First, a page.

Story of Lewis and Clark
After a week of leaving my family behind, I have often thought about returning. I would have never thought that I would convince myself to leave them and the state of Pennsylvania to volunteer for this cause… But I care about this country too much to not pass up this opportunity to contribute. I would now be stationed at Camp Dubois for the remainder of the winter. The trip to St. Louis was only the start, as we would then be led by a captain of the journey, William Clark, to learn how to survive and work together. The group was very diverse with someone being an expert in each category of survival. Our force, awarded the epithet of ‘The Corps of Discovery’, was a group of grizzled hunters and gatherers, such as myself, military leaders, traders, trappers, scouts and carpenters. Most of the members got along as this was a crucial aspect of an efficient team. Clark recently has mentioned that the importance of walking in formation, respecting authority and commands. He is very adamant about us following orders in order to perform as a team. After all, you never know what we might encounter on our journey, and the outcome counts on our discipline.
As the days add up, and the date comes closer and closer, I grow more anxious. I cannot tell if I am more scared or excited for the spring. There is no telling how long it could take or what danger we may end up in, although I will enjoy every second of it knowing that I am doing something for the greater good of the country. The company will be the first in our nation’s history to explore and map out these lands. There is no greater feat than being a part of something this big and for that, I am thrilled to start the adventure.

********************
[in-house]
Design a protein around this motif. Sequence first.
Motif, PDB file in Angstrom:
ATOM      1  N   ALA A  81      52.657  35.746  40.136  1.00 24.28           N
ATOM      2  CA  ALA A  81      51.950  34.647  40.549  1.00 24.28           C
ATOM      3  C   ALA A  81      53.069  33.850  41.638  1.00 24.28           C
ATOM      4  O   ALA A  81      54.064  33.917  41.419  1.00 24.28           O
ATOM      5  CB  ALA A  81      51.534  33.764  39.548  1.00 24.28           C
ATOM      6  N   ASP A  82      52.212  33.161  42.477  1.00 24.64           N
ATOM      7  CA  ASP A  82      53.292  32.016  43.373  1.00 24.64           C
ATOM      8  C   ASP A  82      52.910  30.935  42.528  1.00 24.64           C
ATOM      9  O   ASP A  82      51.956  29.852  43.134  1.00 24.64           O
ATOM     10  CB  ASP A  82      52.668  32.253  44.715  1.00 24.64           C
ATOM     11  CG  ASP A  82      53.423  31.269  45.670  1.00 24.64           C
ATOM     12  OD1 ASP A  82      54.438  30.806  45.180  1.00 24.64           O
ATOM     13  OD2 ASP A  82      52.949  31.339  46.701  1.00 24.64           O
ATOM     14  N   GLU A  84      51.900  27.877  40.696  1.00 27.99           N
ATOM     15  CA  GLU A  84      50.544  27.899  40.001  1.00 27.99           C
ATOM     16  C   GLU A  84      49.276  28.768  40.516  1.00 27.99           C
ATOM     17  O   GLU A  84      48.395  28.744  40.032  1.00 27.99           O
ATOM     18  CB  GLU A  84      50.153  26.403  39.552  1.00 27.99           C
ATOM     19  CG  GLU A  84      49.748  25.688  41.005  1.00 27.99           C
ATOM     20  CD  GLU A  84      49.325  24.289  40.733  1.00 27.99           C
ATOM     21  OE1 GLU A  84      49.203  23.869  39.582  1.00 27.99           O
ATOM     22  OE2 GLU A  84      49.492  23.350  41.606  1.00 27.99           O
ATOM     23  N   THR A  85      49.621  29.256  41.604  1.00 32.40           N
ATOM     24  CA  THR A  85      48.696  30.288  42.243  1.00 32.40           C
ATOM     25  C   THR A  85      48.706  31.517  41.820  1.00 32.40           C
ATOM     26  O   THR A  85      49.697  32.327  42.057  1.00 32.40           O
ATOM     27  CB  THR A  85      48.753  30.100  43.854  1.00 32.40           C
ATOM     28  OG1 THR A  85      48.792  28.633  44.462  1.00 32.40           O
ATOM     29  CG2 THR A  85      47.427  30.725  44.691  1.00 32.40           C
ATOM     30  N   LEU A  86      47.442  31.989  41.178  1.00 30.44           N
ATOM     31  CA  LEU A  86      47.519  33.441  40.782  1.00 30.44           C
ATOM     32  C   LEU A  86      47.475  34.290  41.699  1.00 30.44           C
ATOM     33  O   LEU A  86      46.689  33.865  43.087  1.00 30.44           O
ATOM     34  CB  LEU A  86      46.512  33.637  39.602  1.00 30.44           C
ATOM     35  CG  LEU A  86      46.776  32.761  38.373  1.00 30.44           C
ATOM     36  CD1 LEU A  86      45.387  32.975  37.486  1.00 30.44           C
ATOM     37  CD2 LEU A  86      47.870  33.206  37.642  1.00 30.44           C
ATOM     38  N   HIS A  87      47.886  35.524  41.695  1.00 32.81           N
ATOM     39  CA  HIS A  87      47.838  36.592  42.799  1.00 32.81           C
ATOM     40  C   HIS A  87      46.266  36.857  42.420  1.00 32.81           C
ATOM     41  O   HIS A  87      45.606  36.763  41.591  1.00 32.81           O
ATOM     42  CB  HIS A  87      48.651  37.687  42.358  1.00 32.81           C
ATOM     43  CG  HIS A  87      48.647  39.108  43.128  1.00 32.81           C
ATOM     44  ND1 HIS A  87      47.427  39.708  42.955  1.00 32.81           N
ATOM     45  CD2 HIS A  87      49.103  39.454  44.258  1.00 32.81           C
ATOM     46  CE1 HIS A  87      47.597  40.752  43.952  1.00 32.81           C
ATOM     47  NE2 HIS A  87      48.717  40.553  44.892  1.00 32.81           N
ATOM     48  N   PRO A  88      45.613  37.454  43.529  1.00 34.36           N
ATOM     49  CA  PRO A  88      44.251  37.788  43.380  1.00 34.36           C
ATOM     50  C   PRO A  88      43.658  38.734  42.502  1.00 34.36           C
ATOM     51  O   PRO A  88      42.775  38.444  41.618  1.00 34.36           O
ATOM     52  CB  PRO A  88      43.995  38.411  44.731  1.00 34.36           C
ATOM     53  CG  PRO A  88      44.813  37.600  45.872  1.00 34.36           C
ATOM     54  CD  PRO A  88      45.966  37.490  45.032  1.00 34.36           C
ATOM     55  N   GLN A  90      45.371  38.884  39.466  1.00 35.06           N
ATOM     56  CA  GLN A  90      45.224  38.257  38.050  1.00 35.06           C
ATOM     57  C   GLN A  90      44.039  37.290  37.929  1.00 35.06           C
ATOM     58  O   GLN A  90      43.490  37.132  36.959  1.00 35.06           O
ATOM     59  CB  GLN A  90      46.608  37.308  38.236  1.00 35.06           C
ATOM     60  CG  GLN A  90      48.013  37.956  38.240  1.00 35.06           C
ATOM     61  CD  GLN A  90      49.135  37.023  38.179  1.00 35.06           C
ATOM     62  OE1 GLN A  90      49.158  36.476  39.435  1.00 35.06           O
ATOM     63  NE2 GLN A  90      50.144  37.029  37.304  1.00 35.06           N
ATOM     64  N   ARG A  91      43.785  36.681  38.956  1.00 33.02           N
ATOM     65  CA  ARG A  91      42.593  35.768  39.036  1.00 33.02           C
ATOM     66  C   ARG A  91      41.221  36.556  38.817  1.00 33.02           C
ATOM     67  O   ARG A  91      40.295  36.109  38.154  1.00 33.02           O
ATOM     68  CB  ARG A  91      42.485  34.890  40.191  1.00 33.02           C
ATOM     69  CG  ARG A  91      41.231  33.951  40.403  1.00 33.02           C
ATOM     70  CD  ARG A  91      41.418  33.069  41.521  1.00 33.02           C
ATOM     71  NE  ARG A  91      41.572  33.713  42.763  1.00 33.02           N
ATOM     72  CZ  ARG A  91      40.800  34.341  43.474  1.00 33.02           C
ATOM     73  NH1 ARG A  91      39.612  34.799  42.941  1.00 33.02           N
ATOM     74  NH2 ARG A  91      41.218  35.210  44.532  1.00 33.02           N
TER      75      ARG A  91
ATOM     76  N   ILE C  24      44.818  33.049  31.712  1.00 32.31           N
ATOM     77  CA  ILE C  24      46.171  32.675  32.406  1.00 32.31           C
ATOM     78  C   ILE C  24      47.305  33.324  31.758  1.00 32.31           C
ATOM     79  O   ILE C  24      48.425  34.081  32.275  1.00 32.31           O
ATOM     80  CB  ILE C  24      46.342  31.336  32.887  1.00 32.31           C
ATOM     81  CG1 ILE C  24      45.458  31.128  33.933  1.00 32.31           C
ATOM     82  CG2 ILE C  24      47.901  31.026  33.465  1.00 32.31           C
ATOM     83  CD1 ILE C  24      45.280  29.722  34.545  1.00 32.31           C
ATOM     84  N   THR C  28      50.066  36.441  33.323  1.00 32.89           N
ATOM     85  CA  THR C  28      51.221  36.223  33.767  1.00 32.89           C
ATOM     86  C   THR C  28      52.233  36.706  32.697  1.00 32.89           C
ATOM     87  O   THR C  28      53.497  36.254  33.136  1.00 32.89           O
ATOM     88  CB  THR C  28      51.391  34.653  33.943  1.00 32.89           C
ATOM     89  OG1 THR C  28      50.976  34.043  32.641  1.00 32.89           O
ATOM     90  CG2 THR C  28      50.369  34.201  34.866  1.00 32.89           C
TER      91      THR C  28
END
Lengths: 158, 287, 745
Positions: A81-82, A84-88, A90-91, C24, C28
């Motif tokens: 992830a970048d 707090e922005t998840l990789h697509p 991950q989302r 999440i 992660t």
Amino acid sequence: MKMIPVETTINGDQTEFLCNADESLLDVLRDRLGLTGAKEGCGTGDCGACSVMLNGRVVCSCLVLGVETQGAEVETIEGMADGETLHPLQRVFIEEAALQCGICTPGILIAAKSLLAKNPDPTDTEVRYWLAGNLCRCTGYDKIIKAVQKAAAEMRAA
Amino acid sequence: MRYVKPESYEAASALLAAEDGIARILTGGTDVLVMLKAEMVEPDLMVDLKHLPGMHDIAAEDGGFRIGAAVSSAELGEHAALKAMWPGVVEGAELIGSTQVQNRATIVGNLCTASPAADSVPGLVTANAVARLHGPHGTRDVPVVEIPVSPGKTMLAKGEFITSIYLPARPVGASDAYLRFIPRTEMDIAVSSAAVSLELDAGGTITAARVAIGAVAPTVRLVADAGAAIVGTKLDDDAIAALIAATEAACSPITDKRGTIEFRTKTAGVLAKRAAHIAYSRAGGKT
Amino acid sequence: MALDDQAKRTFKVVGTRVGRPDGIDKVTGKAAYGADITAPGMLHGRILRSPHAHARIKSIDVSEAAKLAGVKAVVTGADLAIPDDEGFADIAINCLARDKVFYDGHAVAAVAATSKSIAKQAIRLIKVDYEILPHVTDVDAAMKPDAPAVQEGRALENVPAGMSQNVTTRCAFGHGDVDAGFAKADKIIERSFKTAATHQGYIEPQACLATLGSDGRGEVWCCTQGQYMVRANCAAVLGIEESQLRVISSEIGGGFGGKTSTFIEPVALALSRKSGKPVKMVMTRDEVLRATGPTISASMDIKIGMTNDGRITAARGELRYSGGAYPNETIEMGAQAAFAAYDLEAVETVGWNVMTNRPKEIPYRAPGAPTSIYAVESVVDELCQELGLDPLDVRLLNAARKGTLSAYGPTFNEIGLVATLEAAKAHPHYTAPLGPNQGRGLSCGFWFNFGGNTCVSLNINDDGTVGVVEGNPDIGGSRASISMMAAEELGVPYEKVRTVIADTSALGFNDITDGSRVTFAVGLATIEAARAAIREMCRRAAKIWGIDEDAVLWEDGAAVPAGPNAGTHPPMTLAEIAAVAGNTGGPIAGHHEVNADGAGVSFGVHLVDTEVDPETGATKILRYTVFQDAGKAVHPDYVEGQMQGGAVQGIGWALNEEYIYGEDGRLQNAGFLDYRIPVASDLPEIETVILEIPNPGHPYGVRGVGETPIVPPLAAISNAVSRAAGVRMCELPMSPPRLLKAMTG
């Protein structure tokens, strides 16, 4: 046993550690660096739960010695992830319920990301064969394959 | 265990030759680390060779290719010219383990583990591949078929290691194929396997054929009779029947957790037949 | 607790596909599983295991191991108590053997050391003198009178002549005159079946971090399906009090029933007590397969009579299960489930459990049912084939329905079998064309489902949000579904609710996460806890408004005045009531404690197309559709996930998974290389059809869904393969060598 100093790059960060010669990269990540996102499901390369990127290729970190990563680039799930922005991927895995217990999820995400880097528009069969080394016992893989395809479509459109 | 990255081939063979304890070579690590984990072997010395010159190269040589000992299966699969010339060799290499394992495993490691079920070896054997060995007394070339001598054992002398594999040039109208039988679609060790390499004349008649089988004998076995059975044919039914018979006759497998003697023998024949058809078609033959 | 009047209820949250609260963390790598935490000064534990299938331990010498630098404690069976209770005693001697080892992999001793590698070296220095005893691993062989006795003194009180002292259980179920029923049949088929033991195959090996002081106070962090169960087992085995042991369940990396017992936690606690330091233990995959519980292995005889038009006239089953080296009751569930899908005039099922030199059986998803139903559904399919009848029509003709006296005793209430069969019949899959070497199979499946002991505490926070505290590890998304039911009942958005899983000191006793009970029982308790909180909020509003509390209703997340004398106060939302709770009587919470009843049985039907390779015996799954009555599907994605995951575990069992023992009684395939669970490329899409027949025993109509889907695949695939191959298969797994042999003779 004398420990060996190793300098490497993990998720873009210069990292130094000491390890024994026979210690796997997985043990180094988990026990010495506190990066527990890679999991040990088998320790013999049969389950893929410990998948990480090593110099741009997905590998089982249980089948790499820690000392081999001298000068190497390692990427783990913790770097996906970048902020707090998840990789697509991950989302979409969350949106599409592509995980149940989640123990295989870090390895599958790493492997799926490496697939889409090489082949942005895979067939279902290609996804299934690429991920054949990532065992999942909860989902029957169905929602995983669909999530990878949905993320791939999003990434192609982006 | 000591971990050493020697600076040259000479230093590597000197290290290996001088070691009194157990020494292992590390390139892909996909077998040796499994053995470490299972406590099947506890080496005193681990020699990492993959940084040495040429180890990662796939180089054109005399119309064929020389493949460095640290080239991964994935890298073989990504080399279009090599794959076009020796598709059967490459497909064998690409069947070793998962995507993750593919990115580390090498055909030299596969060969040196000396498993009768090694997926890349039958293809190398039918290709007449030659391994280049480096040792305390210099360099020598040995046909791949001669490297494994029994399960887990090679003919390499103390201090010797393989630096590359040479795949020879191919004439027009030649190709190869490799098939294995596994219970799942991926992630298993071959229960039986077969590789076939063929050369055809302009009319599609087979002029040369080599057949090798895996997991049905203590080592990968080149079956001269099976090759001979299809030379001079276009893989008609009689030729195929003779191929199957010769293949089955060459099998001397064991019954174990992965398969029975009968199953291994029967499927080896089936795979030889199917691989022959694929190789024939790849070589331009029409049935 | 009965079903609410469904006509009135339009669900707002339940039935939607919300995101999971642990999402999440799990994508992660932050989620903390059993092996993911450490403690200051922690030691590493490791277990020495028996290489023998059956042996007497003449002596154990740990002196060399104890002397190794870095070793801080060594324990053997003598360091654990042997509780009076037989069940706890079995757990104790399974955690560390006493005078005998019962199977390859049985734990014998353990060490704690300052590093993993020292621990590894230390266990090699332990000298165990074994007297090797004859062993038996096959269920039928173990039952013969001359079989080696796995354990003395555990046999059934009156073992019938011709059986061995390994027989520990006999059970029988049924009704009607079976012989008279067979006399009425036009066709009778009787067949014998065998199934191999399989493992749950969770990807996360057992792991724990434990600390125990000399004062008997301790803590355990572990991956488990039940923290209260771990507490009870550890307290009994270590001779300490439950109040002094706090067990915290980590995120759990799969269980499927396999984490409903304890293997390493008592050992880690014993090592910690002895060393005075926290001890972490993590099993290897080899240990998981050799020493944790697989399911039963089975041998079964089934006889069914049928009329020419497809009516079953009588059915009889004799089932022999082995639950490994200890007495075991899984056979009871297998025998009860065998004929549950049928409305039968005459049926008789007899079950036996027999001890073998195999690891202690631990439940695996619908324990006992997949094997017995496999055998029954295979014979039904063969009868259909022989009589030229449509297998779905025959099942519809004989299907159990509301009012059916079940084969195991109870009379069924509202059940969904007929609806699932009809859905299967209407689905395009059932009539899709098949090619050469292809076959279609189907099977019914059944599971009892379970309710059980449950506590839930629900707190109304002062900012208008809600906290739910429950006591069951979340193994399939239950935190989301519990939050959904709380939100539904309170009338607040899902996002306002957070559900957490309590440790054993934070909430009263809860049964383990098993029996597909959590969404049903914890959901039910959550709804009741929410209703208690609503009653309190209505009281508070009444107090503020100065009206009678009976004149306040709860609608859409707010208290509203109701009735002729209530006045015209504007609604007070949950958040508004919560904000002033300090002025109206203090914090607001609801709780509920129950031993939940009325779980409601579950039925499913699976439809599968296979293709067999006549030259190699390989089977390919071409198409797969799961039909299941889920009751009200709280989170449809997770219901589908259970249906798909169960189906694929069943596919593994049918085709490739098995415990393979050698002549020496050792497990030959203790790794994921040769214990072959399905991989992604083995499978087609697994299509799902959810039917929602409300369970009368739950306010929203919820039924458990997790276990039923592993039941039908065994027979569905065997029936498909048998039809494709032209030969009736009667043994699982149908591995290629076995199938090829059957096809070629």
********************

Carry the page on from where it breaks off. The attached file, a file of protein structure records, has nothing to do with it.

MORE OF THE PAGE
Our writers can help you with any type of essay. For any subjectGet your price
How it works
The long and cold winter had elapsed and we had started our voyage on the Missouri River. May 14 was the day we had set out. More recruits had joined the corps as well as a new captain. Meriwether Lewis was a stout man that exuded motivation. He was very inspired and ready to take on this trip when we met up with him in St. Charles, Missouri at a smaller camp. From here, he instituted the use of a keelboat and two pirogues. These boats would be our lifeline as we traveled the Missouri. Our equipment would be much easier to carry, and we would be saving ourselves from tiring too early. The now 45-member strong group would then be split into thirds. Each sergeant would take a boat and be responsible for their battalion. Led by John Ordway, I would be under his control. Our third had the honor of sailing on Lewis’s 55-foot keelboat, with Lewis and Clark themselves. The flotilla traveled northwest on the Missouri at a consistent pace. It was wide and vast stream of water, at some points it could be close to a mile wide. A very curvy and long river, with some narrow rocky sections. The views of open plains and larger elevation in the background could be seen for miles. It was a truly beautiful and tremendous area come spring. Each mile, both Lewis and Clark compiled pictures of maps, took notes on the lay of the land, stopped to check out the wildlife and often sampled the earth. Every note was written in their individual books. The operation took time as it would months to get to the next large camp where we would reside for the winter. At each moment, history was changing, we were pioneers, and there is nothing I could be more fortunate to witness. – Ben Casey